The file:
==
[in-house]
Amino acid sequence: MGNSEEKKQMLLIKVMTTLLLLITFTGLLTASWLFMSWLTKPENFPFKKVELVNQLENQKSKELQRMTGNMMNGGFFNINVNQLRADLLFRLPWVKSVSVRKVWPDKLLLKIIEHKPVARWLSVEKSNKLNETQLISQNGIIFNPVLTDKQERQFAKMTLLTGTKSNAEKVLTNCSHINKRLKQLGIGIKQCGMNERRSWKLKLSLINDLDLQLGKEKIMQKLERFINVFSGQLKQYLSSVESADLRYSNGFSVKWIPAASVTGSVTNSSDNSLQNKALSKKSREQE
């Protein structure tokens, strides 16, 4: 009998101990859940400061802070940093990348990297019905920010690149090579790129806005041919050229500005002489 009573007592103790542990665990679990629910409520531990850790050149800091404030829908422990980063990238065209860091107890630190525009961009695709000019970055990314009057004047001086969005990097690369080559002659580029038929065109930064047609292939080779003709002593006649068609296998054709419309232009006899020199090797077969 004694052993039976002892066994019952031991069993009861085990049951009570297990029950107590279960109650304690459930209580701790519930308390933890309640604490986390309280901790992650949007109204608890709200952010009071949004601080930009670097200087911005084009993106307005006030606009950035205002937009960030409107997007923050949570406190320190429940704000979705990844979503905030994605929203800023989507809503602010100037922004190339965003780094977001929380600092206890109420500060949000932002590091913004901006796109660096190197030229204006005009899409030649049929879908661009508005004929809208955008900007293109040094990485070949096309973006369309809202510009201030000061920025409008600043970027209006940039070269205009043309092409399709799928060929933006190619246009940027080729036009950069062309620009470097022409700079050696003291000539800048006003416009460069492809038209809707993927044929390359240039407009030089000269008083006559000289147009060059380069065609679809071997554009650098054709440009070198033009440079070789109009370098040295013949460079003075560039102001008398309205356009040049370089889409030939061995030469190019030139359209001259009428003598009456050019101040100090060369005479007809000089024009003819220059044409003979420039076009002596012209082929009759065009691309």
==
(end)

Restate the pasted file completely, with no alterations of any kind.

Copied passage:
[in-house]
Amino acid sequence: MGNSEEKKQMLLIKVMTTLLLLITFTGLLTASWLFMSWLTKPENFPFKKVELVNQLENQKSKELQRMTGNMMNGGFFNINVNQLRADLLFRLPWVKSVSVRKVWPDKLLLKIIEHKPVARWLSVEKSNKLNETQLISQNGIIFNPVLTDKQERQFAKMTLLTGTKSNAEKVLTNCSHINKRLKQLGIGIKQCGMNERRSWKLKLSLINDLDLQLGKEKIMQKLERFINVFSGQLKQYLSSVESADLRYSNGFSVKWIPAASVTGSVTNSSDNSLQNKALSKKSREQE
């Protein structure tokens, strides 16, 4: 009998101990859940400061802070940093990348990297019905920010690149090579790129806005041919050229500005002489 009573007592103790542990665990679990629910409520531990850790050149800091404030829908422990980063990238065209860091107890630190525009961009695709000019970055990314009057004047001086969005990097690369080559002659580029038929065109930064047609292939080779003709002593006649068609296998054709419309232009006899020199090797077969 004694052993039976002892066994019952031991069993009861085990049951009570297990029950107590279960109650304690459930209580701790519930308390933890309640604490986390309280901790992650949007109204608890709200952010009071949004601080930009670097200087911005084009993106307005006030606009950035205002937009960030409107997007923050949570406190320190429940704000979705990844979503905030994605929203800023989507809503602010100037922004190339965003780094977001929380600092206890109420500060949000932002590091913004901006796109660096190197030229204006005009899409030649049929879908661009508005004929809208955008900007293109040094990485070949096309973006369309809202510009201030000061920025409008600043970027209006940039070269205009043309092409399709799928060929933006190619246009940027080729036009950069062309620009470097022409700079050696003291000539800048006003416009460069492809038209809707993927044929390359240039407009030089000269008083006559000289147009060059380069065609679809071997554009650098054709440009070198033009440079070789109009370098040295013949460079003075560039102001008398309205356009040049370089889409030939061995030469190019030139359209001259009428003598009456050019101040100090060369005479007809000089024009003819220059044409003979420039076009002596012209082929009759065009691309």